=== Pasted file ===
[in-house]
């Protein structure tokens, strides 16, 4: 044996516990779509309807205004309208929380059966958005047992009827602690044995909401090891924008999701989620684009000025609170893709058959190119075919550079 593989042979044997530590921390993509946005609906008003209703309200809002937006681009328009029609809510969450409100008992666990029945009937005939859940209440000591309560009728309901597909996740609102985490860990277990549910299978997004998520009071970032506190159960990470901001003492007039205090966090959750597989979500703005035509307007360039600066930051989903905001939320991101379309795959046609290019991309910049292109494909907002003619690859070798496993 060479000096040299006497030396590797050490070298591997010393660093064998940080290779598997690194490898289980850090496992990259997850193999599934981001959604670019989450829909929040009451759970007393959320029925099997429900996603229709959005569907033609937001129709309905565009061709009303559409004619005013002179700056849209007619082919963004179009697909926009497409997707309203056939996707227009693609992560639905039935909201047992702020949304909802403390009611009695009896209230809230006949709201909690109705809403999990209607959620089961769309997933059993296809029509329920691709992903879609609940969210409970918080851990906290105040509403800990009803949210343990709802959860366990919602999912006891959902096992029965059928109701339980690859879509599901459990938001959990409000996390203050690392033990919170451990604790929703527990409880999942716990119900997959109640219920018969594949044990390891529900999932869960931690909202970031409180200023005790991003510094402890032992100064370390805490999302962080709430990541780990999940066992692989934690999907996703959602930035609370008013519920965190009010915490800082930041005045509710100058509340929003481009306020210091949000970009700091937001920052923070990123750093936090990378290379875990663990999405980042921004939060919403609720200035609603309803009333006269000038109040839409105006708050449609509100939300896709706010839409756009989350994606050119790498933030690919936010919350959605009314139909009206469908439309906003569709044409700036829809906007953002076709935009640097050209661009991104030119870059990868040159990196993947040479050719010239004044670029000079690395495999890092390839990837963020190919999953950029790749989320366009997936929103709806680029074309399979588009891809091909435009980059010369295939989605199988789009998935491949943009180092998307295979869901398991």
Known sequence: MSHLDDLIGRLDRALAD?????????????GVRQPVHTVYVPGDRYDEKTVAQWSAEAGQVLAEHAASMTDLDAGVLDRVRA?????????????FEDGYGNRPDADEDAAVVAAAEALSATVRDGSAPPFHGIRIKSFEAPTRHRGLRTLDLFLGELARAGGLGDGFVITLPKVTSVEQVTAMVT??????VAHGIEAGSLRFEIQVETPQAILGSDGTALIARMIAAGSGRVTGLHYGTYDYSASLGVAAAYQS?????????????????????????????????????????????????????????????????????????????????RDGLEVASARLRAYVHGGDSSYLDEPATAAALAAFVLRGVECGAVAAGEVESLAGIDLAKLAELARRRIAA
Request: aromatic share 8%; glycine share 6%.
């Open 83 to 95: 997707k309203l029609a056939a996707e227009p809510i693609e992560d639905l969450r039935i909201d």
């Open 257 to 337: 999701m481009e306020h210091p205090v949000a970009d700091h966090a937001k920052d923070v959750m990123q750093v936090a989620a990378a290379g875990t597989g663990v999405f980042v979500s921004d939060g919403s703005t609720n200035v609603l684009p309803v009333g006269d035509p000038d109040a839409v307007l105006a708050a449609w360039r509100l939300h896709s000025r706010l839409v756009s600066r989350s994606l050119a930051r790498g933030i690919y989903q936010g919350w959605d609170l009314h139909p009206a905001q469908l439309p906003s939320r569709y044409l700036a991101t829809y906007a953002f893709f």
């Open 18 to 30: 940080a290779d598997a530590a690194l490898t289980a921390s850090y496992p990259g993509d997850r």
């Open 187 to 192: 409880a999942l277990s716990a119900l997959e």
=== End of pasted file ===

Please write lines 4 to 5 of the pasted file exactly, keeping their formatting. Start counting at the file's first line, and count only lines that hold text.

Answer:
Request: aromatic share 8%; glycine share 6%.
């Open 83 to 95: 997707k309203l029609a056939a996707e227009p809510i693609e992560d639905l969450r039935i909201d």